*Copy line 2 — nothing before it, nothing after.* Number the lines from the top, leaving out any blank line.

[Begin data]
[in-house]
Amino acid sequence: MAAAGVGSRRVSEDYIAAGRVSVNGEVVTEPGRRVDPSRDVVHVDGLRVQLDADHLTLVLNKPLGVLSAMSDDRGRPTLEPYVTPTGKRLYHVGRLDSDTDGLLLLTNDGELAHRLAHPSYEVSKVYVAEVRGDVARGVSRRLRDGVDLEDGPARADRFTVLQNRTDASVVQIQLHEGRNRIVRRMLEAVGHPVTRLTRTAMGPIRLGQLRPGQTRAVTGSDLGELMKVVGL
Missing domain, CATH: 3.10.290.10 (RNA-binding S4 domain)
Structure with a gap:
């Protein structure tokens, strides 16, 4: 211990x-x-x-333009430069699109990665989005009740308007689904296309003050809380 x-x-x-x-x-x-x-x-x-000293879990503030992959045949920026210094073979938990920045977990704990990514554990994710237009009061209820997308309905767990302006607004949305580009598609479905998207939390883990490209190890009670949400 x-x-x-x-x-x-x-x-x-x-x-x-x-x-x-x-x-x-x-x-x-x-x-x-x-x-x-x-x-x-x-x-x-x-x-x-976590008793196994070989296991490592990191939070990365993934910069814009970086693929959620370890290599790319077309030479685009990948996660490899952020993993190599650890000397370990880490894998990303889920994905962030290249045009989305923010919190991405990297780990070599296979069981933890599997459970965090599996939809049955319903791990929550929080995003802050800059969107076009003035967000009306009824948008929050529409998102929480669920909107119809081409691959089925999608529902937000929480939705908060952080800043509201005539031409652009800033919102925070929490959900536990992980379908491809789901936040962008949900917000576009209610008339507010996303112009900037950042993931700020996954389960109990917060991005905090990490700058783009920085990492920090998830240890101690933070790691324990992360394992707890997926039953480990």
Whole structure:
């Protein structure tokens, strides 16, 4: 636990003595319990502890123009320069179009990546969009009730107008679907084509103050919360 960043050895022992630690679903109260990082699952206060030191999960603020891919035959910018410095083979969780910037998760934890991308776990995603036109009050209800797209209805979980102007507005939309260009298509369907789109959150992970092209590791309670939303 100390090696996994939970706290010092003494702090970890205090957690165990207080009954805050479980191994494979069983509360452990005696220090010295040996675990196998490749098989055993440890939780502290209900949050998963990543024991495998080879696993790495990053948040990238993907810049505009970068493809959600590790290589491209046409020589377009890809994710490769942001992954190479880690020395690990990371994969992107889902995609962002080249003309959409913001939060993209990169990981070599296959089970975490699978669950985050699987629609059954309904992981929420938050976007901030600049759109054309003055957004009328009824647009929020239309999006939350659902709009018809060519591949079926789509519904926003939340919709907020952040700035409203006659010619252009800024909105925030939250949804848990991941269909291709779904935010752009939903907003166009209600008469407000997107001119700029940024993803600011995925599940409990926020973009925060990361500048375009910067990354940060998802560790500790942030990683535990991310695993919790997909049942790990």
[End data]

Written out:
Amino acid sequence: MAAAGVGSRRVSEDYIAAGRVSVNGEVVTEPGRRVDPSRDVVHVDGLRVQLDADHLTLVLNKPLGVLSAMSDDRGRPTLEPYVTPTGKRLYHVGRLDSDTDGLLLLTNDGELAHRLAHPSYEVSKVYVAEVRGDVARGVSRRLRDGVDLEDGPARADRFTVLQNRTDASVVQIQLHEGRNRIVRRMLEAVGHPVTRLTRTAMGPIRLGQLRPGQTRAVTGSDLGELMKVVGL